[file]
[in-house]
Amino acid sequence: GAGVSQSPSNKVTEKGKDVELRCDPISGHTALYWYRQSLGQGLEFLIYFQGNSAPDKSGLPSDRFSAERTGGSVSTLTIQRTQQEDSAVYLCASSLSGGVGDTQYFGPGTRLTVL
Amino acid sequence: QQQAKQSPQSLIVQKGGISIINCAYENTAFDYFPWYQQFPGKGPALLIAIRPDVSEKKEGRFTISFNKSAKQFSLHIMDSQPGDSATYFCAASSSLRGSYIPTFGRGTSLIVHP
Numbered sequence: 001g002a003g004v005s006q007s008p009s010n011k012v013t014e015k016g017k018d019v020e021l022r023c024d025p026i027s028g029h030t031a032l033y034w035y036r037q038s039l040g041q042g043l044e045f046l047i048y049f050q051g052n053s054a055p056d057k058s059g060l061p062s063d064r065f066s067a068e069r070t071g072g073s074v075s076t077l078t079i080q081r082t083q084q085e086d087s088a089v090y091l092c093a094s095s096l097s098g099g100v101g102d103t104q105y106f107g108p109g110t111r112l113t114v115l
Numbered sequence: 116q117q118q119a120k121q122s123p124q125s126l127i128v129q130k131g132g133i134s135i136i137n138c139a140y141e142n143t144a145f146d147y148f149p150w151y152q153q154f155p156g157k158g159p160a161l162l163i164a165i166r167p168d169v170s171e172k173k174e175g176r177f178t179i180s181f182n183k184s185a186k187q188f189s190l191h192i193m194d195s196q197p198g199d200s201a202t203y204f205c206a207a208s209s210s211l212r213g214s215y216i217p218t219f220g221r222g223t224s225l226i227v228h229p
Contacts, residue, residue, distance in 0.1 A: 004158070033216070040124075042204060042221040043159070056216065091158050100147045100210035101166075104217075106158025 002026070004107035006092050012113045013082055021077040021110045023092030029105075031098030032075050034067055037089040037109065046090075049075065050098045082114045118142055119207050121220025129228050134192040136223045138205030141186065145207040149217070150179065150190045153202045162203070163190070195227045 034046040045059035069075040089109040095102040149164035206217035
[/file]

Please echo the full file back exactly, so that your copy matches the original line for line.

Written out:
[in-house]
Amino acid sequence: GAGVSQSPSNKVTEKGKDVELRCDPISGHTALYWYRQSLGQGLEFLIYFQGNSAPDKSGLPSDRFSAERTGGSVSTLTIQRTQQEDSAVYLCASSLSGGVGDTQYFGPGTRLTVL
Amino acid sequence: QQQAKQSPQSLIVQKGGISIINCAYENTAFDYFPWYQQFPGKGPALLIAIRPDVSEKKEGRFTISFNKSAKQFSLHIMDSQPGDSATYFCAASSSLRGSYIPTFGRGTSLIVHP
Numbered sequence: 001g002a003g004v005s006q007s008p009s010n011k012v013t014e015k016g017k018d019v020e021l022r023c024d025p026i027s028g029h030t031a032l033y034w035y036r037q038s039l040g041q042g043l044e045f046l047i048y049f050q051g052n053s054a055p056d057k058s059g060l061p062s063d064r065f066s067a068e069r070t071g072g073s074v075s076t077l078t079i080q081r082t083q084q085e086d087s088a089v090y091l092c093a094s095s096l097s098g099g100v101g102d103t104q105y106f107g108p109g110t111r112l113t114v115l
Numbered sequence: 116q117q118q119a120k121q122s123p124q125s126l127i128v129q130k131g132g133i134s135i136i137n138c139a140y141e142n143t144a145f146d147y148f149p150w151y152q153q154f155p156g157k158g159p160a161l162l163i164a165i166r167p168d169v170s171e172k173k174e175g176r177f178t179i180s181f182n183k184s185a186k187q188f189s190l191h192i193m194d195s196q197p198g199d200s201a202t203y204f205c206a207a208s209s210s211l212r213g214s215y216i217p218t219f220g221r222g223t224s225l226i227v228h229p
Contacts, residue, residue, distance in 0.1 A: 004158070033216070040124075042204060042221040043159070056216065091158050100147045100210035101166075104217075106158025 002026070004107035006092050012113045013082055021077040021110045023092030029105075031098030032075050034067055037089040037109065046090075049075065050098045082114045118142055119207050121220025129228050134192040136223045138205030141186065145207040149217070150179065150190045153202045162203070163190070195227045 034046040045059035069075040089109040095102040149164035206217035